Opium-fueled Wallabies Create Crop Circles


Confessions of an Australian opium eater. (Kevin Schafer /Photographer's Choice RF/Getty Images)

What mysterious causes underlie the existence of crop circles? Alien spacecraft from beyond the stars? Pranksters from the next town over? Or are they actually the work of opium-addicted wallabies? Well, at least in Australia, doped-up marsupials may indeed be the ones to blame.

According to BBC News, Tasmanian attorney general Lara Giddings told Australian parliament that the kangaroo-like wallabies are known to bust into government-controlled poppy fields, munch themselves into a stupor and then proceed to hop around in circles till they crash. Later, the wallabies come back and do it all over again. The article indicates that sheep have also been known to chase the dragon in this fashion as well.

Giddings revealed all this while reporting on opium farm security. Australia actually supplies 50 percent of the world's legal opium crop, which is used to create medications such as morphine. As yet, there is no word on what kinds of freeform jazz or beat poetry the wallabies may also be producing.

Thanks to the unparalleled Jonathan Strickland for bringing this story to my attention!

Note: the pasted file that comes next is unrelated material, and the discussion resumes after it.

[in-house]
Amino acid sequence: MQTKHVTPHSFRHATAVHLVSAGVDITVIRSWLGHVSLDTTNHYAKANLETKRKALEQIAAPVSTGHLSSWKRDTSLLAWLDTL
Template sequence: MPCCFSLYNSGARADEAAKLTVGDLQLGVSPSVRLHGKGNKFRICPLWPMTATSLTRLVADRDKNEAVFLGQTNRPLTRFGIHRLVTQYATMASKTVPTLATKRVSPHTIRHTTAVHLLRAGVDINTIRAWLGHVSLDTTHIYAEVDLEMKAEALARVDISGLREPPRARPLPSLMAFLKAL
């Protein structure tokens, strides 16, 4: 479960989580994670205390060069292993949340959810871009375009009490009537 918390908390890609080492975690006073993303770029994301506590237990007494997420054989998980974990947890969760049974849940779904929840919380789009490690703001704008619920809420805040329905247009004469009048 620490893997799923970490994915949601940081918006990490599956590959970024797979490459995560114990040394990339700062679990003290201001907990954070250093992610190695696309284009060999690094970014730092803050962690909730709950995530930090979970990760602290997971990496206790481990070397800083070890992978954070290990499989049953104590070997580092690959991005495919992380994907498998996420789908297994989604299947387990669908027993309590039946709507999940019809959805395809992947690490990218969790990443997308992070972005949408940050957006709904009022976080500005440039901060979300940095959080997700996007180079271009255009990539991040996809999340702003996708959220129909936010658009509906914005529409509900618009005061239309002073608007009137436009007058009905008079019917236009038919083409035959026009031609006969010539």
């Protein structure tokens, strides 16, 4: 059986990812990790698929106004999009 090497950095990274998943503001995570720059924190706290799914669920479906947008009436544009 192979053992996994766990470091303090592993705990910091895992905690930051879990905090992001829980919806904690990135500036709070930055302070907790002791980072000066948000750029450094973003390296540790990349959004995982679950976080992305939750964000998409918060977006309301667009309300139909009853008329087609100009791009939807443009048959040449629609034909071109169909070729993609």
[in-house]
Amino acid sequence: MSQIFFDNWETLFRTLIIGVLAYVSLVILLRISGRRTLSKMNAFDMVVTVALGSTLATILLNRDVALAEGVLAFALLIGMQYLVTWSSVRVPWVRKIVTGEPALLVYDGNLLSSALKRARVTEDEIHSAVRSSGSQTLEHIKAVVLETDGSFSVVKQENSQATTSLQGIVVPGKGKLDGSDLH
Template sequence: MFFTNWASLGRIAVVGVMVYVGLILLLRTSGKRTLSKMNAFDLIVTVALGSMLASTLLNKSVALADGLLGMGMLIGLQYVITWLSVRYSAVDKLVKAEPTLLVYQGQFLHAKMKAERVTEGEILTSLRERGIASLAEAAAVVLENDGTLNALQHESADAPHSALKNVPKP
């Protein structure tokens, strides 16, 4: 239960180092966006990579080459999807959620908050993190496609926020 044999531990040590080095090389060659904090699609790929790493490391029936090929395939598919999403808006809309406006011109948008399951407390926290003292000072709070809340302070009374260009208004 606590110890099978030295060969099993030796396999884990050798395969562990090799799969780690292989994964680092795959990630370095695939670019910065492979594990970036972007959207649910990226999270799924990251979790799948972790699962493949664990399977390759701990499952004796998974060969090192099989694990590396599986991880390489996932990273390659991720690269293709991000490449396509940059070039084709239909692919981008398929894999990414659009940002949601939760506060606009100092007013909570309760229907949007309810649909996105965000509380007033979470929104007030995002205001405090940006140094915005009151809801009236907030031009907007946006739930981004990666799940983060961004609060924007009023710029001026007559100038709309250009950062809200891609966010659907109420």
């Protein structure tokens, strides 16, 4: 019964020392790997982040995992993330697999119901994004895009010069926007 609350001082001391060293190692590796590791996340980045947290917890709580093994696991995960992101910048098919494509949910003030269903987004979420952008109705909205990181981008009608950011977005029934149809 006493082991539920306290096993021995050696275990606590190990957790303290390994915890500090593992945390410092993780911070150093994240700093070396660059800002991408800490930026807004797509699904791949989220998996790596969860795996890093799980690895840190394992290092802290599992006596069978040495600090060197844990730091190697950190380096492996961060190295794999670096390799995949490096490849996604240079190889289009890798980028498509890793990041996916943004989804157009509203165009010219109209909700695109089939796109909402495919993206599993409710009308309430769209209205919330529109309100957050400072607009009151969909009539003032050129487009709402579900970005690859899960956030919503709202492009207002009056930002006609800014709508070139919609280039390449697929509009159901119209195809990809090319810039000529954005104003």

Hop on through to the other side at HowStuffWorks.com: How Crop Circles Work How Narco States Work Are Tasmanian devils fighting their way to extinction? What's the difference between a wallaby and a kangaroo?


About the Author: Robert Lamb spent his childhood reading books and staring into the woods — first in Newfoundland, Canada and then in rural Tennessee. There was also a long stretch in which he was terrified of alien abduction. He earned a degree in creative writing. He taught high school and then attended journalism school. He wrote for the smallest of small-town newspapers before finally becoming a full-time science writer and podcaster. He’s currently a senior writer at HowStuffWorks and has co-hosted the science podcast Stuff to Blow Your Mind since its inception in 2010. In his spare time, he enjoys traveling with his wife Bonnie, discussing dinosaurs with his son Bastian and crafting the occasional work of fiction.